I put The Enchantress aside and decided to try, once again, to do something with fragments of that horrible first novel I’d written, and introduce an element of horror to it. I decided to structure the book the way Stephen King structured Christine–something awful happened when we were in high school, and now, many years later, the main character is looking back and remembering, and at the end of the story we find out that the reason he is telling us this story is because he’s afraid the awful thing is coming back again (reoccurance/revival of something evil is a strong theme in horror, and King has gone to that well numerous times, most famously with It and the dueling timelines). So, I started writing Sara with a prologue written in the present day; ten years later, the main character has gotten an invitation to the high school reunion and starts remembering back, and then in the first chapter we’re back in the late 1970’s and don’t return to the present again to the epilogue. I also decided to do the different POV thing King did in Christine (which I still think is one of his most underrated novels of all time); he tells the first part and the third part of the book in the first person point of view of Dennis, but the second section is the third person and bounces around from character to character before the return in the final section of the book (it really is a three-act structure). I thought this was very clever and decided to use it in this book, too. But instead of an evil car, we had a mysterious new girl at the rural high school who dazzles and enchants all the boys–but there’s something not right about her.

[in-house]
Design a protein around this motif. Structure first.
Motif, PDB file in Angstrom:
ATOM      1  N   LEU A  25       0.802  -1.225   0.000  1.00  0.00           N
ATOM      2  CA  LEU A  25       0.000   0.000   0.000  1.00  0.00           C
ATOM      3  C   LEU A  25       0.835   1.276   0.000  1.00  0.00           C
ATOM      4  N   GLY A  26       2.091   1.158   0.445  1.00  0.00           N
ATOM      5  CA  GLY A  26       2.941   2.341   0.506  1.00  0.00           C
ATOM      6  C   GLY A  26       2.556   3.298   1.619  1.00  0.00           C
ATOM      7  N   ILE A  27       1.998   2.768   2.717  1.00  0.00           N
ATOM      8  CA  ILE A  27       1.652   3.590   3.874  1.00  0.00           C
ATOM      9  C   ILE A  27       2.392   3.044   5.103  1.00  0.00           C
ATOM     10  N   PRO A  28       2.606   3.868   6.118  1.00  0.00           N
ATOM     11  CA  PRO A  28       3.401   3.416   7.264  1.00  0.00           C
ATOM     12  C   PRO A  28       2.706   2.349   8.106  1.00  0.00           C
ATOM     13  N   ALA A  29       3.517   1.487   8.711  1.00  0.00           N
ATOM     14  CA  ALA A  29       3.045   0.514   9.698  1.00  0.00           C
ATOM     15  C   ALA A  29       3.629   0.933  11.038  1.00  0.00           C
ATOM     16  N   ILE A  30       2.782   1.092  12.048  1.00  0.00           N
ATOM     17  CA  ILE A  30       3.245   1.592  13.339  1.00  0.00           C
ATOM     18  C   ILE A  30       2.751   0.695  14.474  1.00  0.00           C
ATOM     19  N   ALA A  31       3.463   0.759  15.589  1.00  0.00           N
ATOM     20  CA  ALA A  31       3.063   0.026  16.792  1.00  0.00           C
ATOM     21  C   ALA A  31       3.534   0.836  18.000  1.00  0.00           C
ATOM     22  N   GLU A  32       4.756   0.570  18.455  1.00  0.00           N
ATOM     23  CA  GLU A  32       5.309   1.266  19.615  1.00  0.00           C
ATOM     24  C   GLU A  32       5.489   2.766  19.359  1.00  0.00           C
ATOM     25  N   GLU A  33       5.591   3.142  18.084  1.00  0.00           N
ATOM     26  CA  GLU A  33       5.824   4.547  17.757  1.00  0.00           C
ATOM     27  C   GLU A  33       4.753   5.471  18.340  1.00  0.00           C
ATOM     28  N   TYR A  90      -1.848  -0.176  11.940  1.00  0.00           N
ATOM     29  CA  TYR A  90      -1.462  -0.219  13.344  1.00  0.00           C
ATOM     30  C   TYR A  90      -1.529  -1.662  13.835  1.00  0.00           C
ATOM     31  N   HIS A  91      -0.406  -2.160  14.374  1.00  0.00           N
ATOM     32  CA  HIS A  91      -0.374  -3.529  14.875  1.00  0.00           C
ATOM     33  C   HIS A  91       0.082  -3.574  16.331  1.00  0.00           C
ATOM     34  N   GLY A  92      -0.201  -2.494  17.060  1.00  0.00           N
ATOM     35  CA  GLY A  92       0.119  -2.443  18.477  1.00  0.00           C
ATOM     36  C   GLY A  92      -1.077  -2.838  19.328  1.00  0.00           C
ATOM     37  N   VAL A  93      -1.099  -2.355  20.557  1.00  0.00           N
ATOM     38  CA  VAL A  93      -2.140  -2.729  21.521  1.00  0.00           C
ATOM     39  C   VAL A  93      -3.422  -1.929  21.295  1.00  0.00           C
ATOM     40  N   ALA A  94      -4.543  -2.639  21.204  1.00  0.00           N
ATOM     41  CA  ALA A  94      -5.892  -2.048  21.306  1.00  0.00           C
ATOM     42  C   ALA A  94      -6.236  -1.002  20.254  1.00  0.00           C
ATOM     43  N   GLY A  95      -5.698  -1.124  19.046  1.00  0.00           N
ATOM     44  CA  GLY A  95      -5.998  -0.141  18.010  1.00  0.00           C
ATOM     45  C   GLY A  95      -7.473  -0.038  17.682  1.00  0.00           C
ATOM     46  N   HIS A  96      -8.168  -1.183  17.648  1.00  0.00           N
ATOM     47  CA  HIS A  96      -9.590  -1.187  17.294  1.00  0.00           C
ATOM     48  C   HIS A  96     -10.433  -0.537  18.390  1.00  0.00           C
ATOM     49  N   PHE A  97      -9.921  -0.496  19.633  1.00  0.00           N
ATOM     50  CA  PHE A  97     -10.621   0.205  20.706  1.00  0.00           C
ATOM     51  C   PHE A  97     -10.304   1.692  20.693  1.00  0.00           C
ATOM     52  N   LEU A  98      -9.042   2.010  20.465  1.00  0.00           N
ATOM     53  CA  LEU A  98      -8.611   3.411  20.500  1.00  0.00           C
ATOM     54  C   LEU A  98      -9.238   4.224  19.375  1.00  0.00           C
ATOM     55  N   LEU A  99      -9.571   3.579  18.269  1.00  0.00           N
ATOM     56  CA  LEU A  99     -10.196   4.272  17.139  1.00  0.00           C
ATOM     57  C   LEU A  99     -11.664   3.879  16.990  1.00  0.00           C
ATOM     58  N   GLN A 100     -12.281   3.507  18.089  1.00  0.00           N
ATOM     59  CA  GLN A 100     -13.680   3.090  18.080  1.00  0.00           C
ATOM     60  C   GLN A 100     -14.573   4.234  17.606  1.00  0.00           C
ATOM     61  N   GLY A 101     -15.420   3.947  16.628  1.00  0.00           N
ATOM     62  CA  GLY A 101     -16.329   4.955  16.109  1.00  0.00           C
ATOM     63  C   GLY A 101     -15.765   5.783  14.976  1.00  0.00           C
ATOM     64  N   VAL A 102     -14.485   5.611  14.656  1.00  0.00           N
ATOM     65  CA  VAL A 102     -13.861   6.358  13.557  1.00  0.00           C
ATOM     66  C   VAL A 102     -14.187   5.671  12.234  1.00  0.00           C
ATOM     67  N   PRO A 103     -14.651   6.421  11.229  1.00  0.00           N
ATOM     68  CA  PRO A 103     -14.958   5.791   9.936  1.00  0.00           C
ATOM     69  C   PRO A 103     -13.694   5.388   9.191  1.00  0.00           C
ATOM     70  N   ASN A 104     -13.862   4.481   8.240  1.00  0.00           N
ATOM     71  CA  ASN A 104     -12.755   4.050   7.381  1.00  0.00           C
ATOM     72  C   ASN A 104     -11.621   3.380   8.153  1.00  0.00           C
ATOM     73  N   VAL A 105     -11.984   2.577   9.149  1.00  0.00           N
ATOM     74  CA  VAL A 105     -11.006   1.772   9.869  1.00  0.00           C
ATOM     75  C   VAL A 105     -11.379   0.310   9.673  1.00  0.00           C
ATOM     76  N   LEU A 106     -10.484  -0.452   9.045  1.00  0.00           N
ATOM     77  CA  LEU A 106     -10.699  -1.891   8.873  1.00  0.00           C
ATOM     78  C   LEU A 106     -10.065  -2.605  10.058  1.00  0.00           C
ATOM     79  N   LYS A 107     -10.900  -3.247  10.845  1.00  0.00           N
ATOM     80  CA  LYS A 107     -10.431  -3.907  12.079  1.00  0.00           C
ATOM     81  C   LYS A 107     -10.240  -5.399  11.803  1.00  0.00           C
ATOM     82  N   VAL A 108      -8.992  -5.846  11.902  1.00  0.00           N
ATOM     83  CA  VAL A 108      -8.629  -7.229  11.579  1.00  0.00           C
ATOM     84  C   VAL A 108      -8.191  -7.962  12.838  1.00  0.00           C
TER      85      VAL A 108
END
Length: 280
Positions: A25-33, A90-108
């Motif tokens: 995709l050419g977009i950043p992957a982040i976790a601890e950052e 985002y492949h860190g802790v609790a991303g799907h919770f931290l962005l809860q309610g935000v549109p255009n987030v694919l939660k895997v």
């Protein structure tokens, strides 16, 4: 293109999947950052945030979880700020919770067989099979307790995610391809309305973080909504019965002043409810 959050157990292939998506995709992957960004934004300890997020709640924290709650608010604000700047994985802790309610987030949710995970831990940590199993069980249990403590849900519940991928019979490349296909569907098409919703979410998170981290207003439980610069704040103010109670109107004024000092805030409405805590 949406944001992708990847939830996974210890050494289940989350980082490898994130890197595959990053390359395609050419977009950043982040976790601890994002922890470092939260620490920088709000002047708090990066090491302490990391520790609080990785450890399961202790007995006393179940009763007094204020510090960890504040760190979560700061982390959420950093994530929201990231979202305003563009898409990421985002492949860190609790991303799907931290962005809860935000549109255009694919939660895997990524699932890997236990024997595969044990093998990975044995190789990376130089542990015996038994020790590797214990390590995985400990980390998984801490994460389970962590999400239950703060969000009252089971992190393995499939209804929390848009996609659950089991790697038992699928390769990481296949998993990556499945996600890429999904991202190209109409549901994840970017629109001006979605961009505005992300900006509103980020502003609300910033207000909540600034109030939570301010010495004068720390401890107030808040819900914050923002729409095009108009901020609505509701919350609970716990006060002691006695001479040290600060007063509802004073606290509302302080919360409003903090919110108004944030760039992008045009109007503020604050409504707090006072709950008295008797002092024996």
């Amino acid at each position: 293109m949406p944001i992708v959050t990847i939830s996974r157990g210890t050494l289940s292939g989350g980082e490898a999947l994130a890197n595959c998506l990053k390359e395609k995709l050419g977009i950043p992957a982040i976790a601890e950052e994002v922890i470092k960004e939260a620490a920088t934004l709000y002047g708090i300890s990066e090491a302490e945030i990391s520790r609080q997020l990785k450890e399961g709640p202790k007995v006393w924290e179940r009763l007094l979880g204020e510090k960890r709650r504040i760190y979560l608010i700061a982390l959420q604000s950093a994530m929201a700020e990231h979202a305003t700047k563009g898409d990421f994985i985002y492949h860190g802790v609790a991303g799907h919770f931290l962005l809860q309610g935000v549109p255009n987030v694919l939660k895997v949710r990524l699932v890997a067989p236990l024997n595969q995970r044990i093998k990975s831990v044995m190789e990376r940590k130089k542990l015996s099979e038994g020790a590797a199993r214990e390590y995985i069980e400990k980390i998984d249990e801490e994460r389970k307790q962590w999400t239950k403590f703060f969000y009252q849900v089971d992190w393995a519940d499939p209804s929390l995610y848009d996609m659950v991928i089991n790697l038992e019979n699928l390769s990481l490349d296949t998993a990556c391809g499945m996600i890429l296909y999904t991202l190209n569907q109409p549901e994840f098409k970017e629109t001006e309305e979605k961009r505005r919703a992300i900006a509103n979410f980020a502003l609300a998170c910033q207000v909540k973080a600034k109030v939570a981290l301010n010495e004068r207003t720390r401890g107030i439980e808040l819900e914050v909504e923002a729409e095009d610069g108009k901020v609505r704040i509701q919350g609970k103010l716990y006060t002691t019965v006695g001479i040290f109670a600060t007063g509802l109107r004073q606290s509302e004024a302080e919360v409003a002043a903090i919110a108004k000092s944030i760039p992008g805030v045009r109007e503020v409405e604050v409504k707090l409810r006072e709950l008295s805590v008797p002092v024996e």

I decided that the book–primarily focusing on teenagers–would work best as a young adult novel (ater discovering there even was such a thing as y/a horror) and so I dropped the looking back prologue/epilogue framing and moved the action into the present day. I finished a first draft in about six months, and then put it in a drawer for about fifteen years before returning to it, overhauling it and dragging it into the new present day and publishing it.

Revisiting Sara now, thirty years after I first conceived it and ten years after publishing it, the first thing I noticed was “hmmm, you should have reread this before turning in the final draft of #shedeservedit, since technically the two books were supposed to be connected; with the newer book set in the county seat and Sara taking part in the rural southern part of the county” but I am also recognizing that my books don’t, in fact, all need to be connected together; there’s no reason why this particular county and its county seat can’t be a county or two away from this one, even if they are remarkably similar geographically; it’s the plains, after all. There may even be characters in this one with the same name as a character in #shedeservedit, but again, it doesn’t really matter–and I’ve written other stories set in Kansas in the same area where the geography is the same and maybe even some of the character names. I used the ten-year-reunion (or possibly twenty) in rural Kansas thing in my story “Promises in Every Star,” for example, and revisited the Kansas well for “This Thing of Darkness” too.

And will probably return to that well at least once more for a book, if not more than one.